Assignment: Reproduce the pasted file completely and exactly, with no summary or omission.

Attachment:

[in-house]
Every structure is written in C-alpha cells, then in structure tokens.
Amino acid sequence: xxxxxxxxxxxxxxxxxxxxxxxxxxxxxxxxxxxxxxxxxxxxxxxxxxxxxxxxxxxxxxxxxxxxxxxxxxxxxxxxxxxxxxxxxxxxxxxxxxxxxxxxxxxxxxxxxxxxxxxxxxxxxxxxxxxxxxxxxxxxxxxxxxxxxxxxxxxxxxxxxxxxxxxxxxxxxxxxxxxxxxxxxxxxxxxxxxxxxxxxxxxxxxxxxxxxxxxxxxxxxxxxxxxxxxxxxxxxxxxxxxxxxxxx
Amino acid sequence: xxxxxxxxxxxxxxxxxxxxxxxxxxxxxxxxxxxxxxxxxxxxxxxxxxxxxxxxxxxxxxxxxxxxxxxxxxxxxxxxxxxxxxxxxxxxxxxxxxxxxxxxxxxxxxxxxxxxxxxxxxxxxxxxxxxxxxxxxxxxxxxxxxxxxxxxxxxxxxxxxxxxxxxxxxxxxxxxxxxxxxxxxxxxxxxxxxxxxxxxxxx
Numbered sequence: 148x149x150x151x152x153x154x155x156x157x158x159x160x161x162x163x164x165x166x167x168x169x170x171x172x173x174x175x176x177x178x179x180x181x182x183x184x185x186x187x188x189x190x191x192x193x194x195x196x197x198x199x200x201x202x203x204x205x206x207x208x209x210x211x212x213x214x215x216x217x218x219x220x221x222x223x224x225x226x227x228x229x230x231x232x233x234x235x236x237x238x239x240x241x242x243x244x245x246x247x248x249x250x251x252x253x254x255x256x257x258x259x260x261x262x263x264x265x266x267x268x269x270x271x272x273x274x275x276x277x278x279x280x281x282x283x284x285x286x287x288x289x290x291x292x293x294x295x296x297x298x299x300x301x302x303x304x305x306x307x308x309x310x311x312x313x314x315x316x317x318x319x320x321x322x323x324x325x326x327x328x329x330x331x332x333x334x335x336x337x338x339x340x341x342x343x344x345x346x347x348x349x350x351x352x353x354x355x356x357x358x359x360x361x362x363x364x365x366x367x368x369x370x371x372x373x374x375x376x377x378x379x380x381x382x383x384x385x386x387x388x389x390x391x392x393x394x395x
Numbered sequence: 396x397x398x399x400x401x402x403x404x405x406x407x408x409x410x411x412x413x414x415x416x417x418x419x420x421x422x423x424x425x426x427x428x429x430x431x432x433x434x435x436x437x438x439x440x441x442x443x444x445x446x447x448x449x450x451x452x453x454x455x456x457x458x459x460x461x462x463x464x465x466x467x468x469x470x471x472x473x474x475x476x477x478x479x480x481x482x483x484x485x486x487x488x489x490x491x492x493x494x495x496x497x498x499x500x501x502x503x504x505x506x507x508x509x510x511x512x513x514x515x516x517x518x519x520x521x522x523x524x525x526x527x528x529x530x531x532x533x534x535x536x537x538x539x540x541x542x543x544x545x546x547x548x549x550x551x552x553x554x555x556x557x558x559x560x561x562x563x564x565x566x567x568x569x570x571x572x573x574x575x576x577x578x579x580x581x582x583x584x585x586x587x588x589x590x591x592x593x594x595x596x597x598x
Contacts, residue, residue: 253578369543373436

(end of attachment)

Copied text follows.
[in-house]
Every structure is written in C-alpha cells, then in structure tokens.
Amino acid sequence: xxxxxxxxxxxxxxxxxxxxxxxxxxxxxxxxxxxxxxxxxxxxxxxxxxxxxxxxxxxxxxxxxxxxxxxxxxxxxxxxxxxxxxxxxxxxxxxxxxxxxxxxxxxxxxxxxxxxxxxxxxxxxxxxxxxxxxxxxxxxxxxxxxxxxxxxxxxxxxxxxxxxxxxxxxxxxxxxxxxxxxxxxxxxxxxxxxxxxxxxxxxxxxxxxxxxxxxxxxxxxxxxxxxxxxxxxxxxxxxxxxxxxxxx
Amino acid sequence: xxxxxxxxxxxxxxxxxxxxxxxxxxxxxxxxxxxxxxxxxxxxxxxxxxxxxxxxxxxxxxxxxxxxxxxxxxxxxxxxxxxxxxxxxxxxxxxxxxxxxxxxxxxxxxxxxxxxxxxxxxxxxxxxxxxxxxxxxxxxxxxxxxxxxxxxxxxxxxxxxxxxxxxxxxxxxxxxxxxxxxxxxxxxxxxxxxxxxxxxxxx
Numbered sequence: 148x149x150x151x152x153x154x155x156x157x158x159x160x161x162x163x164x165x166x167x168x169x170x171x172x173x174x175x176x177x178x179x180x181x182x183x184x185x186x187x188x189x190x191x192x193x194x195x196x197x198x199x200x201x202x203x204x205x206x207x208x209x210x211x212x213x214x215x216x217x218x219x220x221x222x223x224x225x226x227x228x229x230x231x232x233x234x235x236x237x238x239x240x241x242x243x244x245x246x247x248x249x250x251x252x253x254x255x256x257x258x259x260x261x262x263x264x265x266x267x268x269x270x271x272x273x274x275x276x277x278x279x280x281x282x283x284x285x286x287x288x289x290x291x292x293x294x295x296x297x298x299x300x301x302x303x304x305x306x307x308x309x310x311x312x313x314x315x316x317x318x319x320x321x322x323x324x325x326x327x328x329x330x331x332x333x334x335x336x337x338x339x340x341x342x343x344x345x346x347x348x349x350x351x352x353x354x355x356x357x358x359x360x361x362x363x364x365x366x367x368x369x370x371x372x373x374x375x376x377x378x379x380x381x382x383x384x385x386x387x388x389x390x391x392x393x394x395x
Numbered sequence: 396x397x398x399x400x401x402x403x404x405x406x407x408x409x410x411x412x413x414x415x416x417x418x419x420x421x422x423x424x425x426x427x428x429x430x431x432x433x434x435x436x437x438x439x440x441x442x443x444x445x446x447x448x449x450x451x452x453x454x455x456x457x458x459x460x461x462x463x464x465x466x467x468x469x470x471x472x473x474x475x476x477x478x479x480x481x482x483x484x485x486x487x488x489x490x491x492x493x494x495x496x497x498x499x500x501x502x503x504x505x506x507x508x509x510x511x512x513x514x515x516x517x518x519x520x521x522x523x524x525x526x527x528x529x530x531x532x533x534x535x536x537x538x539x540x541x542x543x544x545x546x547x548x549x550x551x552x553x554x555x556x557x558x559x560x561x562x563x564x565x566x567x568x569x570x571x572x573x574x575x576x577x578x579x580x581x582x583x584x585x586x587x588x589x590x591x592x593x594x595x596x597x598x
Contacts, residue, residue: 253578369543373436